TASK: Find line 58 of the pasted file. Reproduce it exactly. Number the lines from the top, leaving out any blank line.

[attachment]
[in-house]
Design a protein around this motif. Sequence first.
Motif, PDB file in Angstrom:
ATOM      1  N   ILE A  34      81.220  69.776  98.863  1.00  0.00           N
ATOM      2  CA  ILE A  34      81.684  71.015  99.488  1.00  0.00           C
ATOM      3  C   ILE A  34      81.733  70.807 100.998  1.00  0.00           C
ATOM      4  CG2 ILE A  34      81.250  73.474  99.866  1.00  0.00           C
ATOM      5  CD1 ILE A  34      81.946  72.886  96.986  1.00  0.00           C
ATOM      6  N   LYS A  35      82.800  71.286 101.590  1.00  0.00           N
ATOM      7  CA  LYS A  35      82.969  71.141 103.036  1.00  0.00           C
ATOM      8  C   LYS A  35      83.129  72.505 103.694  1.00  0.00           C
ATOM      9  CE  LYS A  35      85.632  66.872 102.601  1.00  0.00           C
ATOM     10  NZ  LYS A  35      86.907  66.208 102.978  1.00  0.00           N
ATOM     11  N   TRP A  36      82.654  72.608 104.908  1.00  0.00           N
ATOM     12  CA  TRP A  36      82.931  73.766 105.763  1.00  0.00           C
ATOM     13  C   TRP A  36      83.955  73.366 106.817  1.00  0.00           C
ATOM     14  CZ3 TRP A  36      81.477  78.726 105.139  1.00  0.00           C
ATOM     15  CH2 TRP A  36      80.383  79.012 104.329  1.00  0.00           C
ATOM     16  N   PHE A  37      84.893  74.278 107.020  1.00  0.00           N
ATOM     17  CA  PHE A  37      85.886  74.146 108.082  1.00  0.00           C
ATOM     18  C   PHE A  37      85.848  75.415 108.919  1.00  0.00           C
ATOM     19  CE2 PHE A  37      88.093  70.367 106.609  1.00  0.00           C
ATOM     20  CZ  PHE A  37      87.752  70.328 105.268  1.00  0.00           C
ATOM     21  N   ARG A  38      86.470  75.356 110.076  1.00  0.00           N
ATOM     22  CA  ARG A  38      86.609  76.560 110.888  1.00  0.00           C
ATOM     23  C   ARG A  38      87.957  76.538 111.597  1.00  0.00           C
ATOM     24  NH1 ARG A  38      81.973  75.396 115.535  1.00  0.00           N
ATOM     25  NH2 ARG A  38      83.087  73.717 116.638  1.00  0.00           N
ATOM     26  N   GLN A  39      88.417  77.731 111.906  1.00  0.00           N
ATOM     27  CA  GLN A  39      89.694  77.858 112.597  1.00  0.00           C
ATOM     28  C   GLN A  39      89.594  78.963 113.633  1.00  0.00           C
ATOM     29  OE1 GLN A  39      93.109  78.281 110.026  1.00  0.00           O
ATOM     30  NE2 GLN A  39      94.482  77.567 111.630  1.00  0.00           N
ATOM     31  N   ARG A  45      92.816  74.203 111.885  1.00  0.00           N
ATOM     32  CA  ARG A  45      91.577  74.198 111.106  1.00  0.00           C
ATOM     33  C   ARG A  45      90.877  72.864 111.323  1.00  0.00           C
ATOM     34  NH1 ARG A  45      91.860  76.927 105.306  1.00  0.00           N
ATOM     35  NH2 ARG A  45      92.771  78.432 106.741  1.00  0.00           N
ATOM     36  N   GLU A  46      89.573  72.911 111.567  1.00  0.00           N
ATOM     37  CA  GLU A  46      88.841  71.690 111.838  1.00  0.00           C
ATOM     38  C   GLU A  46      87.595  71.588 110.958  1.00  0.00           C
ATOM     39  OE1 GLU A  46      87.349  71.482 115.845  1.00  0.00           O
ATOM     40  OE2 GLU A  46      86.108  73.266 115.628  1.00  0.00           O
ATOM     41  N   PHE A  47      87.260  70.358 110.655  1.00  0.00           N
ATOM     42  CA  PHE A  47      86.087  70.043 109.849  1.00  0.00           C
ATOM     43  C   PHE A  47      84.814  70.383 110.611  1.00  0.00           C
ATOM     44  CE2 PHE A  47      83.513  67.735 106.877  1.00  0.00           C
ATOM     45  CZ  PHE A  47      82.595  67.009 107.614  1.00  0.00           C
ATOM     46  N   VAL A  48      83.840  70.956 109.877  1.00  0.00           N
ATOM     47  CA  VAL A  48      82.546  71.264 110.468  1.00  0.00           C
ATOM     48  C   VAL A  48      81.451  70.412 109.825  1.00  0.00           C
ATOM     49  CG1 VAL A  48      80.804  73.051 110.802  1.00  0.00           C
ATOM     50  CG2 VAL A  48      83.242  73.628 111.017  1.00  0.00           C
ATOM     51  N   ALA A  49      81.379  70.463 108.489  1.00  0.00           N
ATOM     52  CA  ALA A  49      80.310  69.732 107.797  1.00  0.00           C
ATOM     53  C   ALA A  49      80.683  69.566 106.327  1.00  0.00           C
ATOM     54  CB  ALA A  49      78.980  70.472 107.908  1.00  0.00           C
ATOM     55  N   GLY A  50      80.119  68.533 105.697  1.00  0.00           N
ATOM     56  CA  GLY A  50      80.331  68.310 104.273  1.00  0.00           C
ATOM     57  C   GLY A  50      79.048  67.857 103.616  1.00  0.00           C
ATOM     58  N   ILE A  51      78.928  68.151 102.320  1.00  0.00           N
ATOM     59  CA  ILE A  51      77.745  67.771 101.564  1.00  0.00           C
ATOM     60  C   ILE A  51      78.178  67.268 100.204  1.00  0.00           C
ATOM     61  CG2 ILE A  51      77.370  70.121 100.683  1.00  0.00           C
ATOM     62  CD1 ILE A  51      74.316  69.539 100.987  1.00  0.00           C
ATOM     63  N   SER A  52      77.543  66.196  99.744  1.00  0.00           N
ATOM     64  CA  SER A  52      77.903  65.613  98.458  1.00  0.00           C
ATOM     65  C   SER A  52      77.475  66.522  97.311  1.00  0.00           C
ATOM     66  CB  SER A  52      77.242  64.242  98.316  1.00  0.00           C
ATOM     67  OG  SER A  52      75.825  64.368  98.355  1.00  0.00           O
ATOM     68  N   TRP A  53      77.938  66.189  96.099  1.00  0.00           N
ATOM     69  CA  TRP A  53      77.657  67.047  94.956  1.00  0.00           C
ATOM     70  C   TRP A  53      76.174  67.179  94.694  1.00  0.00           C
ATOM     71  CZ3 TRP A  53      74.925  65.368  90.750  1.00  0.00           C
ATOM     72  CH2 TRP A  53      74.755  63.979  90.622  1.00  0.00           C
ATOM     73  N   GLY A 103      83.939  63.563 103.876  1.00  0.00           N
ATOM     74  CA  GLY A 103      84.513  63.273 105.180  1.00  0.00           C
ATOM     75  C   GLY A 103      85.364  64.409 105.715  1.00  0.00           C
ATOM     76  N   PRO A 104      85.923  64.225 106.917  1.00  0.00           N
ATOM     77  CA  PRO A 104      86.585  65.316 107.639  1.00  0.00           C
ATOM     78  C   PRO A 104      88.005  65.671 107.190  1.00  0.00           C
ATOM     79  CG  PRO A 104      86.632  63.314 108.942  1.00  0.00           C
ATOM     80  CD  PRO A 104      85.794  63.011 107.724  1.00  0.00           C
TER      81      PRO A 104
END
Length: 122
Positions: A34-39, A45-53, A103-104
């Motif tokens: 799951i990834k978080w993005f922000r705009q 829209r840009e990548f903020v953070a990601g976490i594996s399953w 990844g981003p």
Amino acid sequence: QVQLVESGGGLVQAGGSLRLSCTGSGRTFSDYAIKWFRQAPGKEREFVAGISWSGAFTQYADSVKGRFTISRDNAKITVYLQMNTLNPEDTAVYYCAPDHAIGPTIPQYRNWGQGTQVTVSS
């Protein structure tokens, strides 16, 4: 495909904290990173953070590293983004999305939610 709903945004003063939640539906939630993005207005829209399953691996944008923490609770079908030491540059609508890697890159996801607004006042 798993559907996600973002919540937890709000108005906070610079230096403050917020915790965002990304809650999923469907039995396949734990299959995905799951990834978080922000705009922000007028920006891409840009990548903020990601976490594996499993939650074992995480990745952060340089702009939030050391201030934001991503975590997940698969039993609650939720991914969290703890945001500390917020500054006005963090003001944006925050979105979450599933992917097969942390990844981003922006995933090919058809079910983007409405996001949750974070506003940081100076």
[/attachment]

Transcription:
ATOM     55  N   GLY A  50      80.119  68.533 105.697  1.00  0.00           N